His Highness Maharana Shri Sir Chhatrasinhji (1862-1915), was the 35th Gohil Rajput ruler of the kingdom of Rajpipla in western India. He was born at Juni Haveli (Old Palace), Nandod, the capital of Rajpipla State on 18th December 1862. Educated at Rajkumar College, Rajkot, he trained as a magistrate and revenue officer before his accession. Chhatrasinhji succeeded to the gadi of Rajpipla on the death of his father Maharana Gambhirsinhji, 10th January 1897, and installed on the gadi at the Fort, Junaraj (Old Rajpipla), 20th May 1897, with full ruling powers. Like his father, he was entitled to a salute of 11-guns, and held a sanad authorising adoption.
Maharana Chhatrasinhji immediately set about instituting a programme of reform and development. Not only was he instrumental in saving thousands of lives during the epic famines of 1899-1902 by granting huge amounts of relief amounting to Rupees 9,00,000, he was a fine administrator and pioneer in more ways than one. He built the 60-kilometre Ankleshwar-Rajpipla railway line, which he initiated in the very first year of his reign, connecting his State with the Delhi-Bombay main line.
The dawn of the era of motoring coincided with Maharana Chhatrasinhji’s reign, and being progressive in outlook, was among the first to import automobiles into India. He thus brought a Wolseley 6hp of 1903-04, which he drove with great delight. The Maharana also owned a Clement-Bayard 16 hp car. Automotor Journal of 10th February 1906 reported that this car took part in the Bombay-Mahabaleshwar Trials and did not lose a single point in Class B, that is, cars costing between £253 and £450.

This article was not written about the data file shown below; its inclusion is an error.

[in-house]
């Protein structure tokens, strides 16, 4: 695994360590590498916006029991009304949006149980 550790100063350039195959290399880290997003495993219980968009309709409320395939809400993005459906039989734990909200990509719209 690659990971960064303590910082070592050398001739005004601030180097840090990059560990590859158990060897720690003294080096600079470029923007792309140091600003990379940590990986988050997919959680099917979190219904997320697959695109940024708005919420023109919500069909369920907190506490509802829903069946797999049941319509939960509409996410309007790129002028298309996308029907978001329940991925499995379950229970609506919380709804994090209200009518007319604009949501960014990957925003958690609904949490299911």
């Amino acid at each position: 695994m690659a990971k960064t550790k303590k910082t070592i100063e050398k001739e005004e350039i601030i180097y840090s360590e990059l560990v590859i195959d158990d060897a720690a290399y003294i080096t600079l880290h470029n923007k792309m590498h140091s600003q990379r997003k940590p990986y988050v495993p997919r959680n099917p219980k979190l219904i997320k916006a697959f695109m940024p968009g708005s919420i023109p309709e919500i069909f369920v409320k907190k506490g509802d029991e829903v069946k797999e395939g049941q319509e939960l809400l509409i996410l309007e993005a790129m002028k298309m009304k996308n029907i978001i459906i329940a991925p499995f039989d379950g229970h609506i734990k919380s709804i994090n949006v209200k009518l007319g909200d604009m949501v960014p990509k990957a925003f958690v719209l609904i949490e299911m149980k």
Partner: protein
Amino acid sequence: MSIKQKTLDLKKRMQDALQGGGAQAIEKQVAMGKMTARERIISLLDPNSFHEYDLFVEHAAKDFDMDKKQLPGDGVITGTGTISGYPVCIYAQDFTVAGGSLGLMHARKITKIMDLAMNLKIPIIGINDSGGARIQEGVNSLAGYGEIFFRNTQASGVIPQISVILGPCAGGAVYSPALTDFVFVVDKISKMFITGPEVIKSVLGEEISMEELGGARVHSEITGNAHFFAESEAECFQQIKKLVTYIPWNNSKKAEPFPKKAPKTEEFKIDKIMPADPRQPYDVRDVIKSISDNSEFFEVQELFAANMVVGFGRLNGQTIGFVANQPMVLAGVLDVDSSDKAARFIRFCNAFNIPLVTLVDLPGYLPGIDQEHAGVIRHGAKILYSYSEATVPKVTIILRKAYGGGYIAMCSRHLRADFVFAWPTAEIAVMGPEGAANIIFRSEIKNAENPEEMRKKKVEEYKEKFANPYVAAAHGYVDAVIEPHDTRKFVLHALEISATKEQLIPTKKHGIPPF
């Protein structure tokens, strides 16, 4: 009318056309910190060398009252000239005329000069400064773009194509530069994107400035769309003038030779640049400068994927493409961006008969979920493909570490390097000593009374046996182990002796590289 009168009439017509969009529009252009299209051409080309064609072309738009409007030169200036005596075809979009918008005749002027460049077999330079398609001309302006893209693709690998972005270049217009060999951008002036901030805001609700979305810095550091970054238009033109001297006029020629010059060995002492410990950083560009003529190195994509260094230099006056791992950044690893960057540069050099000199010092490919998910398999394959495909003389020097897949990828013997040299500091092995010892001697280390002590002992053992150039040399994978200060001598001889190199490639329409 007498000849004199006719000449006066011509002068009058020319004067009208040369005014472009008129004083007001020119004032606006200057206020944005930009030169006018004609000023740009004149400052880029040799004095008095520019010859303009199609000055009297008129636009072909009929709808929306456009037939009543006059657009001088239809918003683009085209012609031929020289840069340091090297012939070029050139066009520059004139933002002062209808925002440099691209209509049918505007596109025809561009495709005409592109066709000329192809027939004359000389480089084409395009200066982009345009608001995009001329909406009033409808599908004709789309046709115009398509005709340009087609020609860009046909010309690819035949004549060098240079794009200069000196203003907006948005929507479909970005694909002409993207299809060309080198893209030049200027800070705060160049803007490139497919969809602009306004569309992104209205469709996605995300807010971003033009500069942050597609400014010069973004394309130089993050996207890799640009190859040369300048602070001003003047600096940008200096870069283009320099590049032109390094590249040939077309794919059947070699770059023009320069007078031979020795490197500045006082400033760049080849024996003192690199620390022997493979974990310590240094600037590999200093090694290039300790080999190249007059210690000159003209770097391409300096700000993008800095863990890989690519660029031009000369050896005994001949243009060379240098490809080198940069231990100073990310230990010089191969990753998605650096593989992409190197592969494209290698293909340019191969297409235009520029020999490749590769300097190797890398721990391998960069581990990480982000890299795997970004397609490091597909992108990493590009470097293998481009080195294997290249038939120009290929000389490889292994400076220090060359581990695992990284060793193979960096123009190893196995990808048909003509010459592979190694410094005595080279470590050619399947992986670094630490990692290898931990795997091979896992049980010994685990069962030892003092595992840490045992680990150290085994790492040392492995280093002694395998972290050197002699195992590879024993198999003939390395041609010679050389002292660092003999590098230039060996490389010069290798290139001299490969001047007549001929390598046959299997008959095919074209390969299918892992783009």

Bill Smith wrote on Page 31 of his book ‘Armstrong-Siddeley Motors, The Wolseley-Siddeley Saga 1905-1909’, that Maharana Chhatrasinhji was the first to import an Armstrong-Siddeley car into India. A 15 hp Single Landaulette Armstrong Siddeley car number V1744 was delivered to him on 21st September 1906.
A paper dated 10th April 1912 from the Dewan of Rajpipla, bears a typed reference to Mr. K. Messia who was in the service of Maharana Chhatrasinhji as motor engineer and chauffeur for six months. He had five cars under his charge and thoroughly overhauled and repaired a Clement Bayard car in a satisfactory manner. There is still a house in the Chhatra Vilas Palace compound in Rajpipla known as the English driver’s cottage.
One of the ruling Indian princes who attended the coronation of King George V in London in 1910, he also attended the Durbar at Delhi in 1911. In that year the revenue of the State was Rupees 10,50,000 (₤ 105,000). After a successful rule of 18 years, Maharana Chhatrasinhji passed away on 26th September 1915 at Poona. He was succeeded by his son Maharana Vijaysinhji.